The Risks of MOT-Exempt Vehicles

The MOT was introduced in 1960 and is a compulsory annual test of vehicle safety, road-worthiness, and exhaust emissions. There are a few exceptions when it comes to the MOT. Vehicles registered more than 40 years ago are one of those exceptions. If you own a vehicle that is over 40 years old and has not been significantly modified in the last 30 years, then it will likely be exempt from MOT and vehicle excise duty (road tax).

This is great news if you are the owner of a classic car. However, many people have questioned whether making older cars MOT exempt is a clever idea. This is because they could still pose a risk to other road users and pedestrians. They could potentially be driving around in an unsafe condition.

The Department for Transport argue against this. They say that cars that are more than 40 years old are generally kept in good condition by their owners. As a result they are often not used regularly enough throughout the year to warrant an MOT. On top of this, they added that the MOT is simply not relevant to many of these older cars.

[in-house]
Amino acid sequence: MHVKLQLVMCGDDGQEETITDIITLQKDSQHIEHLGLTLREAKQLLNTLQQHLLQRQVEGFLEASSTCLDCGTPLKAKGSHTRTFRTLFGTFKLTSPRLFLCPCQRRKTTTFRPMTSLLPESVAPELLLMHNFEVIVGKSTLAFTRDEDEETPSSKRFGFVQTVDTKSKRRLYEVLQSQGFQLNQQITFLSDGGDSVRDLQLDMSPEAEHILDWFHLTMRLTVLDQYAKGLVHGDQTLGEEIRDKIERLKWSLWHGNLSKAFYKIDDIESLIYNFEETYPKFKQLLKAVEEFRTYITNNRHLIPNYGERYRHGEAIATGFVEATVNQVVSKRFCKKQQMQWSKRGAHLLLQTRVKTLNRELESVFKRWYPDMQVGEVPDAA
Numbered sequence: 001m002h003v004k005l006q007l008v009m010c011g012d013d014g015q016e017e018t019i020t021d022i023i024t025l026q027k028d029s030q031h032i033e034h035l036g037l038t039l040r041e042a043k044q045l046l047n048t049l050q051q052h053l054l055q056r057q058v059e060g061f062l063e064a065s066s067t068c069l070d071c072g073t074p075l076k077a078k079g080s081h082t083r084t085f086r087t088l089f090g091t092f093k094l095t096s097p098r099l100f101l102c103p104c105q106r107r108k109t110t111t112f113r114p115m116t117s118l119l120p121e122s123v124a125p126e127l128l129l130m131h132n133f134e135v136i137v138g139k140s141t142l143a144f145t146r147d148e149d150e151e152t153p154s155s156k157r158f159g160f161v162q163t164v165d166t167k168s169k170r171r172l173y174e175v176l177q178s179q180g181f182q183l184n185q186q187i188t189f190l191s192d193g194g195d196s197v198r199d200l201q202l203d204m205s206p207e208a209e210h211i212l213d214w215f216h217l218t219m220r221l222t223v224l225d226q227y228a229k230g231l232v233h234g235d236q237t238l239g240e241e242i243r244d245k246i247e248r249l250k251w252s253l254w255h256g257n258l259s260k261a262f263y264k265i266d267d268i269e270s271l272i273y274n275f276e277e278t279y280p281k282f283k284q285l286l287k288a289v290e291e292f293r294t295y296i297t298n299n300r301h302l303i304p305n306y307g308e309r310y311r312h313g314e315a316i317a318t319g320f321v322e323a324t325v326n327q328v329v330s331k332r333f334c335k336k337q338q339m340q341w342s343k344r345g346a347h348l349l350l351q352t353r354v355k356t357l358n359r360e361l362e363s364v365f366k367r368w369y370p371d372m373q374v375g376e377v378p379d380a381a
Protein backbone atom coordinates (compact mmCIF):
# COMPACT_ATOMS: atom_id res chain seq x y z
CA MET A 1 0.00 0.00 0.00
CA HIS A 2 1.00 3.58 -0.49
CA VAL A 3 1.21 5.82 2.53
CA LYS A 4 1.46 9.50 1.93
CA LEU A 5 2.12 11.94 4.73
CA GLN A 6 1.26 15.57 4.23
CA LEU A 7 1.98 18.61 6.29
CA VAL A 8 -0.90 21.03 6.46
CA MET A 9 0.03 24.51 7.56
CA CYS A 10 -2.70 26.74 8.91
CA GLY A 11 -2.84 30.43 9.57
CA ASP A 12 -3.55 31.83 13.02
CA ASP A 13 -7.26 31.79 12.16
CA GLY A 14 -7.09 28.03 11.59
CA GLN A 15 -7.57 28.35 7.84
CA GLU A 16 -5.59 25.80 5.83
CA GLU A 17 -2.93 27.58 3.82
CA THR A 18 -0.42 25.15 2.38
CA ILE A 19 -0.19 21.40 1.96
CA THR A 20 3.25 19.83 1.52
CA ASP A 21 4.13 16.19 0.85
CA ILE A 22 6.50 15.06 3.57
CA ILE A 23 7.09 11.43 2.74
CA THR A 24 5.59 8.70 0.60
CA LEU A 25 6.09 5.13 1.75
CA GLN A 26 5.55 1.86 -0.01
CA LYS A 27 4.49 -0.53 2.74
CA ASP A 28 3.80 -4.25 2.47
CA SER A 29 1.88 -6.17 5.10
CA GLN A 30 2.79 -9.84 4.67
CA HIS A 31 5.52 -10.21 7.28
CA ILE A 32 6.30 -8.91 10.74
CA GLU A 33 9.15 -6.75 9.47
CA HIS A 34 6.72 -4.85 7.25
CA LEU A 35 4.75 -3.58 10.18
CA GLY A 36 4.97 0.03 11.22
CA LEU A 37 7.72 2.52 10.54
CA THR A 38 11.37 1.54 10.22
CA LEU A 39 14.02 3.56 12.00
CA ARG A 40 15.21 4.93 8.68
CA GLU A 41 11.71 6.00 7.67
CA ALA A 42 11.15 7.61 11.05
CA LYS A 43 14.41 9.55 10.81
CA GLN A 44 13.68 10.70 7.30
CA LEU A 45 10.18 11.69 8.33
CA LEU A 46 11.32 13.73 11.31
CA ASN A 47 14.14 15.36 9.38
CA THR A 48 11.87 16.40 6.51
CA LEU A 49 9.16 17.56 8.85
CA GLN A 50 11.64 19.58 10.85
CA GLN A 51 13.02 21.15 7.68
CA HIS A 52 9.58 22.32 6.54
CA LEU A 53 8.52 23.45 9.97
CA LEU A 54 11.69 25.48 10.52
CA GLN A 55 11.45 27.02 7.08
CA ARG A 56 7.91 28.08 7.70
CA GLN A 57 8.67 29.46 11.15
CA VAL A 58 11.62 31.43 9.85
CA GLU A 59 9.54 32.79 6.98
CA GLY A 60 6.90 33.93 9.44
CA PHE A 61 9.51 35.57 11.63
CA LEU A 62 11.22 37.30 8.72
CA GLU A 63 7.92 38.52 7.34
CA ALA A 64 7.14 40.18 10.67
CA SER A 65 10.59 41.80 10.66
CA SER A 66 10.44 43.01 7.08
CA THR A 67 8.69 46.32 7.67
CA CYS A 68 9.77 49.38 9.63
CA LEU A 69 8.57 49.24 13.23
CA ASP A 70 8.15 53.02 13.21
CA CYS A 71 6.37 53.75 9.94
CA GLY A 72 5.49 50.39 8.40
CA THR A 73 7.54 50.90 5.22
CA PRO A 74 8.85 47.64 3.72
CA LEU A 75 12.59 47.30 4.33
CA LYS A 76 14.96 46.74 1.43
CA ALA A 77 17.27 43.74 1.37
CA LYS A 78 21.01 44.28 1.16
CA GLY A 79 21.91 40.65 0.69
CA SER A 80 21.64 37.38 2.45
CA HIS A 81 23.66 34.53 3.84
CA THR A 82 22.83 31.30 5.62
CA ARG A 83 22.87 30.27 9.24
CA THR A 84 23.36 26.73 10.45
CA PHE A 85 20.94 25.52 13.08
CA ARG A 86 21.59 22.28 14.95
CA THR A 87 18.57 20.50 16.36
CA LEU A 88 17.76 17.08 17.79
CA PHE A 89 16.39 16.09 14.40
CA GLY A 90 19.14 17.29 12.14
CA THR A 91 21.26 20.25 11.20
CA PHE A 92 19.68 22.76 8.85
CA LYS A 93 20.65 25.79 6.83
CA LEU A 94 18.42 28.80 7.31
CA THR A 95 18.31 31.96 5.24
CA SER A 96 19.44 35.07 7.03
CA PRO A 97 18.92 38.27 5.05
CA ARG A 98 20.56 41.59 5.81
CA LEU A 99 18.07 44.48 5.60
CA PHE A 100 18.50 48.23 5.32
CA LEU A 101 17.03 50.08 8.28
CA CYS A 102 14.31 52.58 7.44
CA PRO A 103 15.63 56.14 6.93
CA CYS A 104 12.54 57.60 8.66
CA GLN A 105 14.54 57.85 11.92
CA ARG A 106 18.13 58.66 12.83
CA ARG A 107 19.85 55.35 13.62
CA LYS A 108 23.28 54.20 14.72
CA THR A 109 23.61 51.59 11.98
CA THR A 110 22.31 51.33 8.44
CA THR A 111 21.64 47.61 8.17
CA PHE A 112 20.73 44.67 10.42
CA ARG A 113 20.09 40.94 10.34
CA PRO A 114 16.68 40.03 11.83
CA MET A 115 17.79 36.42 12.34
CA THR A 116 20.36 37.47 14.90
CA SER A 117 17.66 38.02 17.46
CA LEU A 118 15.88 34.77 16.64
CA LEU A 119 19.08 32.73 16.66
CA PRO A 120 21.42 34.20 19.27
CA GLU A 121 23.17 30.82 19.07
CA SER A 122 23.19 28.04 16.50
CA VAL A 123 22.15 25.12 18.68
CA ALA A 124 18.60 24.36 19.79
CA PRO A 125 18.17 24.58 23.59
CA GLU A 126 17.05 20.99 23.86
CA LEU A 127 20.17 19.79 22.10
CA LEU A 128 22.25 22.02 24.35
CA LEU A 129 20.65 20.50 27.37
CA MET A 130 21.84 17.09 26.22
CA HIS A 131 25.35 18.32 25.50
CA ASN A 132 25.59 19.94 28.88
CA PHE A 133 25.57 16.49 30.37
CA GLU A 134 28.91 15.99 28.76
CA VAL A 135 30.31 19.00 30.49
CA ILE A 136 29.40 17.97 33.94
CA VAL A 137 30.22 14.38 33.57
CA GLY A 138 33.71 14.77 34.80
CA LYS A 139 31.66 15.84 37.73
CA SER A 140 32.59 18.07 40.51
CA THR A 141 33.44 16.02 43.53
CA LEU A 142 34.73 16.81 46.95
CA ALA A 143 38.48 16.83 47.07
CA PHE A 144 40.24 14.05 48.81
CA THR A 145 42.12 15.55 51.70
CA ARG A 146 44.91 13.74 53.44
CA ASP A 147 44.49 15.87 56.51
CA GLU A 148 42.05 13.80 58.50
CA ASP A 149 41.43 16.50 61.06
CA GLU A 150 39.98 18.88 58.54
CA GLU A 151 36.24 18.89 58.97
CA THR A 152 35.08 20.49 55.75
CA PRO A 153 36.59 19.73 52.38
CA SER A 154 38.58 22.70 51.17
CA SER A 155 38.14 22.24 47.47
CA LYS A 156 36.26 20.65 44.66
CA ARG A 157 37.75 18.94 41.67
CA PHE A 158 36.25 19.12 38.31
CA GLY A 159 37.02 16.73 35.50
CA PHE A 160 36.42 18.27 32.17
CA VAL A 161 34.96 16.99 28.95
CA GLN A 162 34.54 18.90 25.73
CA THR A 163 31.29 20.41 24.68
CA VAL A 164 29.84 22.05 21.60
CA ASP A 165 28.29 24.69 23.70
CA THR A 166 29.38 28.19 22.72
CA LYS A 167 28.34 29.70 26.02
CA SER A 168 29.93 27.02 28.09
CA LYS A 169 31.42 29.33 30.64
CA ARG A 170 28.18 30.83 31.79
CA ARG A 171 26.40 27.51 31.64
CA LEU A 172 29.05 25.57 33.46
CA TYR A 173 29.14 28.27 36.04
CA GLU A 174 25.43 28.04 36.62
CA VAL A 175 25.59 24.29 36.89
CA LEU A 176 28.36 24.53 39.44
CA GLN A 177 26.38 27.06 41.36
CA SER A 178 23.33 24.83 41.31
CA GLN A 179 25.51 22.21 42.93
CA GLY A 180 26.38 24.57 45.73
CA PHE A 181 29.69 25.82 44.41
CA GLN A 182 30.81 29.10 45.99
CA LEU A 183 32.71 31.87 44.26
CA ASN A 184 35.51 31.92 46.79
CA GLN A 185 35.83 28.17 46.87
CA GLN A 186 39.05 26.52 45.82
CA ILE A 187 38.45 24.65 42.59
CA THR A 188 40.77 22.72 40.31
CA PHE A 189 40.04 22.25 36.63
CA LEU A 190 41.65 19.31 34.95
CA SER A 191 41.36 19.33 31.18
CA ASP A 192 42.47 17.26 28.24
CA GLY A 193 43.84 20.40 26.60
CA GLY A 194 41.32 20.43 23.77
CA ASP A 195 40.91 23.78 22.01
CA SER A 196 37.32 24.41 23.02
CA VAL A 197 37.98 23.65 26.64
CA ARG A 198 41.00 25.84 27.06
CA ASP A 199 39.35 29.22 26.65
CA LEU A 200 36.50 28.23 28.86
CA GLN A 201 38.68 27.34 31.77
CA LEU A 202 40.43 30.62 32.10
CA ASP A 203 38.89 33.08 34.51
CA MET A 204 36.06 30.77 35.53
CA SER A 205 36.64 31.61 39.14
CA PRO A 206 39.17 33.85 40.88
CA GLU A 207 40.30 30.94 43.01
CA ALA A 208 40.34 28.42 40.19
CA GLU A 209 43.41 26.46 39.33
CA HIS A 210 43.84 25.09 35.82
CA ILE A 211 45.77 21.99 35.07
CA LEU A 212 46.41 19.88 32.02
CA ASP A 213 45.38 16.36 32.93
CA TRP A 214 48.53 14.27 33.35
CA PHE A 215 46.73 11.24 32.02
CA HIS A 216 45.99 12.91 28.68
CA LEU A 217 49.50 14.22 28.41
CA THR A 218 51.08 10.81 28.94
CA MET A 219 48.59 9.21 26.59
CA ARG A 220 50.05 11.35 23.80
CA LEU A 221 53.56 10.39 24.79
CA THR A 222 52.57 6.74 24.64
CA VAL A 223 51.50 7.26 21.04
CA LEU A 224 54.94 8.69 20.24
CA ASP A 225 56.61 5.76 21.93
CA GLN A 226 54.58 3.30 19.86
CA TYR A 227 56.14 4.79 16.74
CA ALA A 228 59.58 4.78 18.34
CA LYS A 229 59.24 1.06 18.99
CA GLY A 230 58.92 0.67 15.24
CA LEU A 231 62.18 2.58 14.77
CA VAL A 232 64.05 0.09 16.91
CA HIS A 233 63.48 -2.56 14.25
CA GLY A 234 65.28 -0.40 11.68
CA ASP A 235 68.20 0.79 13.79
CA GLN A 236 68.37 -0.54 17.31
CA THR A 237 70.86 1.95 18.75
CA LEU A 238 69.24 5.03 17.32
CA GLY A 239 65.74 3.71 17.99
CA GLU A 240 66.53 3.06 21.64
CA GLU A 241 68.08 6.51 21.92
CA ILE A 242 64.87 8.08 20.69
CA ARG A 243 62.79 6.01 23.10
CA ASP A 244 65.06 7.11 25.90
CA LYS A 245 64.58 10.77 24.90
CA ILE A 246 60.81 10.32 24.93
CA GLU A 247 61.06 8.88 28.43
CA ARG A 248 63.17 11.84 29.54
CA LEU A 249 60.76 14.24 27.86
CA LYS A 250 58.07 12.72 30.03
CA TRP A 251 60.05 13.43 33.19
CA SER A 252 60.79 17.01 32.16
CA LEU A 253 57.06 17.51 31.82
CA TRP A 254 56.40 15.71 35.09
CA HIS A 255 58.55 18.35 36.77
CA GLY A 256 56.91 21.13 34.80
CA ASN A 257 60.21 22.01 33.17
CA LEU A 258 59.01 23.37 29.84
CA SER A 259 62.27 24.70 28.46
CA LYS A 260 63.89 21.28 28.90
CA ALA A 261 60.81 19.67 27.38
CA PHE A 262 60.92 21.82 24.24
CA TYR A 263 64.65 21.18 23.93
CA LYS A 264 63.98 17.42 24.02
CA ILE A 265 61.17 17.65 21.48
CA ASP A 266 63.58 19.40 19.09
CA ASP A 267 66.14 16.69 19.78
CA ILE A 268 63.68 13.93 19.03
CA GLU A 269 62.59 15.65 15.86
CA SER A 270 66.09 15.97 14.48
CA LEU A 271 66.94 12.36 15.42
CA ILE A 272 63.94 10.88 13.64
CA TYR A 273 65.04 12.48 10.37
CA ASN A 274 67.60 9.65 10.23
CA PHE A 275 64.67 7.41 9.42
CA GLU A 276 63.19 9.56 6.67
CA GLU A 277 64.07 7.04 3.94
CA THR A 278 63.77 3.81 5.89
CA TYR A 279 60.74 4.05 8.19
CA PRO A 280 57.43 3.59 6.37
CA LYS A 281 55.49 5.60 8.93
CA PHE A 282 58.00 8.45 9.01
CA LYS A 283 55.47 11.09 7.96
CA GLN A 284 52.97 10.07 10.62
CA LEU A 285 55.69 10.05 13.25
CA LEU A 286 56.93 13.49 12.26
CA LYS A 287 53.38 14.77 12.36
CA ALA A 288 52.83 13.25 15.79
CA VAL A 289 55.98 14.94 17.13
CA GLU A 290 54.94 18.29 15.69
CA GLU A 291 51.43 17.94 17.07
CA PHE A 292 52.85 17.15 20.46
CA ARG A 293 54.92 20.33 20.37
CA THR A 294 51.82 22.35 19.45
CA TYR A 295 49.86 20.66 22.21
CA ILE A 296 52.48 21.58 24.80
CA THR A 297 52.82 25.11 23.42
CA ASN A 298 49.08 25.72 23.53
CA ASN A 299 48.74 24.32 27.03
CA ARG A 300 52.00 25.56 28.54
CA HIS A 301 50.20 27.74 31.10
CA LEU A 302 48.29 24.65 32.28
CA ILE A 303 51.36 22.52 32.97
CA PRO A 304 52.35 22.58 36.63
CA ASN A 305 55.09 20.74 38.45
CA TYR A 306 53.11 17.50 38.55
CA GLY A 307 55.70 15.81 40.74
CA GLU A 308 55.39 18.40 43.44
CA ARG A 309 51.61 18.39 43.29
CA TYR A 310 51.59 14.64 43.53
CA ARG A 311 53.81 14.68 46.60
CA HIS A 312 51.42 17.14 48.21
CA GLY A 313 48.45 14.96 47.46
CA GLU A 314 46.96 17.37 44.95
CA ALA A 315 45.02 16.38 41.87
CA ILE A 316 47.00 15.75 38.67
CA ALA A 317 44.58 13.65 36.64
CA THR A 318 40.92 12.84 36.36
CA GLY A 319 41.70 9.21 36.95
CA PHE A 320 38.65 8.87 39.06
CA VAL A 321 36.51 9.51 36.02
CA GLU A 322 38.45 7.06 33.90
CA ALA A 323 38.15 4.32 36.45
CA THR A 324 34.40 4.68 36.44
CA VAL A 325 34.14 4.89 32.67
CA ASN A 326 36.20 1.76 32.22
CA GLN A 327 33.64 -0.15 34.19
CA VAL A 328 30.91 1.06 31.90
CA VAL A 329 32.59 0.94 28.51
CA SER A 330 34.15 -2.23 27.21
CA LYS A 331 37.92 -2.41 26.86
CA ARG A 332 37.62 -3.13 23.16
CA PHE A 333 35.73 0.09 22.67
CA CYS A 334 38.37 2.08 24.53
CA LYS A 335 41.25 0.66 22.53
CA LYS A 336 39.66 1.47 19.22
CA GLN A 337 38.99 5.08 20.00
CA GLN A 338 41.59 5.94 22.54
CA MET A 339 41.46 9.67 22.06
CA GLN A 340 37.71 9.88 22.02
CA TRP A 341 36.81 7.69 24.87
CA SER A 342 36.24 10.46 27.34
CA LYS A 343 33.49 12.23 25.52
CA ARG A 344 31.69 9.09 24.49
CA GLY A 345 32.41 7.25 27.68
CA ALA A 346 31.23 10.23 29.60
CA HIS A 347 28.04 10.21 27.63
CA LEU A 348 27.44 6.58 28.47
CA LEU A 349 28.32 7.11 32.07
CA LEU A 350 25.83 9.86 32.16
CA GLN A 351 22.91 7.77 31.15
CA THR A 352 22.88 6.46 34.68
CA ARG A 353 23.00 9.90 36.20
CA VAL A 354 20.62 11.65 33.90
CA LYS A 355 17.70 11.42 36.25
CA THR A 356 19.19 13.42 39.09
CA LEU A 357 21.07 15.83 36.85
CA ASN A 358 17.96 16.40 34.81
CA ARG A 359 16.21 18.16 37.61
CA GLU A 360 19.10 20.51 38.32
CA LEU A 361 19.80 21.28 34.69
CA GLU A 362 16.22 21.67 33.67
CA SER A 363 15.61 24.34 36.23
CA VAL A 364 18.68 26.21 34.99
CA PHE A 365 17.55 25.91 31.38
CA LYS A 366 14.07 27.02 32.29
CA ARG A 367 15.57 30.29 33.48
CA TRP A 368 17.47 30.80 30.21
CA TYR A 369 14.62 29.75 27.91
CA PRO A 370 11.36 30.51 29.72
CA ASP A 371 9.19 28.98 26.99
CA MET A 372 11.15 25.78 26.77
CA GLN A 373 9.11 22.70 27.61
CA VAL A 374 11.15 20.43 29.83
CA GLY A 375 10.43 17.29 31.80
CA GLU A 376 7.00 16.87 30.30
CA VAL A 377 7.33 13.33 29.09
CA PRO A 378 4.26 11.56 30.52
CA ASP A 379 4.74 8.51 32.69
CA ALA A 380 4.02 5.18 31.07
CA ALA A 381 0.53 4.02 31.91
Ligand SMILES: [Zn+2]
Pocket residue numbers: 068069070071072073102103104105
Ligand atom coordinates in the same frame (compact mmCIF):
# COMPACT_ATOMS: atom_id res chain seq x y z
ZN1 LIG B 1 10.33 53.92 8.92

Voluntary MOTs

If you own a car that is exempt from the MOT because it is over 40 years old, then you can still submit it for a voluntary MOT. This is a sensible thing to do if you feel that a check is needed on your vehicle. It is therefore recommended that you submit your car for an MOT every other year, although this is not compulsory.

One thing worth noting is that regardless of the law about the MOT, all insurance policies require that the car is in roadworthy condition as part of the policy terms. Therefore, all cars regardless of their ages should be kept in a good state of repair.

You can still also be convicted of driving a car with excessively worn tyres, defective brakes and lights whether or not an MOT is required. Therefore, if you opt not to MOT your classic car, these are things that you should keep a close eye on.


Important Checks for Vehicles that are Exempt from MOT

Even if your vehicle is over 40 years old and falls under the MOT exemption rules, it is recommended that you carry out regular checks to ensure that it remains roadworthy. Some basic checks to complete are:

  • Brake performance
  • Engine oil and brake fluid levels
  • Tyre and tyre treads
  • Lights and bulbs
  • Windscreens and wipers

Regardless of whether your car is exempt from the MOT and road tax, you will need insurance on your car in order to legally drive on the UK roads.


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